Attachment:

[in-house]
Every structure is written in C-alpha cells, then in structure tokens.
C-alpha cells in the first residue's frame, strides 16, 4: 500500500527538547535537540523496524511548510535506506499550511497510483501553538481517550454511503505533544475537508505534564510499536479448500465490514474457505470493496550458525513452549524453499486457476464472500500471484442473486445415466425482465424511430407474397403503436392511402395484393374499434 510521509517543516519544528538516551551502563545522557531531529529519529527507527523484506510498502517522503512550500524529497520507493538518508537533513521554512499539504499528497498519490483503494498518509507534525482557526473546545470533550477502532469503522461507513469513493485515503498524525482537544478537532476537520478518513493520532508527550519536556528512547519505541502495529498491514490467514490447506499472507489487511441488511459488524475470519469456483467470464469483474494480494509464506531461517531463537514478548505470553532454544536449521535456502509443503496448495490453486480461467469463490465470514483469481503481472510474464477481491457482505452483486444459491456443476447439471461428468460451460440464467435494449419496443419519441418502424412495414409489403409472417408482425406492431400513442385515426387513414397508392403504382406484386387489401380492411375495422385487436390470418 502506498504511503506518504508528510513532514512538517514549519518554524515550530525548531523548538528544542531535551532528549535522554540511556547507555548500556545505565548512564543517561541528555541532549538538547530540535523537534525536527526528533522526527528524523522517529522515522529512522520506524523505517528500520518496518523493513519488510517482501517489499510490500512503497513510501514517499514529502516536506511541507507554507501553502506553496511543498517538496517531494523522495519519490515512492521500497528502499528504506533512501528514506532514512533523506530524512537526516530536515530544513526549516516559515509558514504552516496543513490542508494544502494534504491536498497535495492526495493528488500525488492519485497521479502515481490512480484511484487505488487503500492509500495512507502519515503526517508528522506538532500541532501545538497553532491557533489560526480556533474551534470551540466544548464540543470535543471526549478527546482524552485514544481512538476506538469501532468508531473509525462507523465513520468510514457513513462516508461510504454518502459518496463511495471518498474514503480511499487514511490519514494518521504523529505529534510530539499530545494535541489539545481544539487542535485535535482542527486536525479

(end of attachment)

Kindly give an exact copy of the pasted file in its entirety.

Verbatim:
[in-house]
Every structure is written in C-alpha cells, then in structure tokens.
C-alpha cells in the first residue's frame, strides 16, 4: 500500500527538547535537540523496524511548510535506506499550511497510483501553538481517550454511503505533544475537508505534564510499536479448500465490514474457505470493496550458525513452549524453499486457476464472500500471484442473486445415466425482465424511430407474397403503436392511402395484393374499434 510521509517543516519544528538516551551502563545522557531531529529519529527507527523484506510498502517522503512550500524529497520507493538518508537533513521554512499539504499528497498519490483503494498518509507534525482557526473546545470533550477502532469503522461507513469513493485515503498524525482537544478537532476537520478518513493520532508527550519536556528512547519505541502495529498491514490467514490447506499472507489487511441488511459488524475470519469456483467470464469483474494480494509464506531461517531463537514478548505470553532454544536449521535456502509443503496448495490453486480461467469463490465470514483469481503481472510474464477481491457482505452483486444459491456443476447439471461428468460451460440464467435494449419496443419519441418502424412495414409489403409472417408482425406492431400513442385515426387513414397508392403504382406484386387489401380492411375495422385487436390470418 502506498504511503506518504508528510513532514512538517514549519518554524515550530525548531523548538528544542531535551532528549535522554540511556547507555548500556545505565548512564543517561541528555541532549538538547530540535523537534525536527526528533522526527528524523522517529522515522529512522520506524523505517528500520518496518523493513519488510517482501517489499510490500512503497513510501514517499514529502516536506511541507507554507501553502506553496511543498517538496517531494523522495519519490515512492521500497528502499528504506533512501528514506532514512533523506530524512537526516530536515530544513526549516516559515509558514504552516496543513490542508494544502494534504491536498497535495492526495493528488500525488492519485497521479502515481490512480484511484487505488487503500492509500495512507502519515503526517508528522506538532500541532501545538497553532491557533489560526480556533474551534470551540466544548464540543470535543471526549478527546482524552485514544481512538476506538469501532468508531473509525462507523465513520468510514457513513462516508461510504454518502459518496463511495471518498474514503480511499487514511490519514494518521504523529505529534510530539499530545494535541489539545481544539487542535485535535482542527486536525479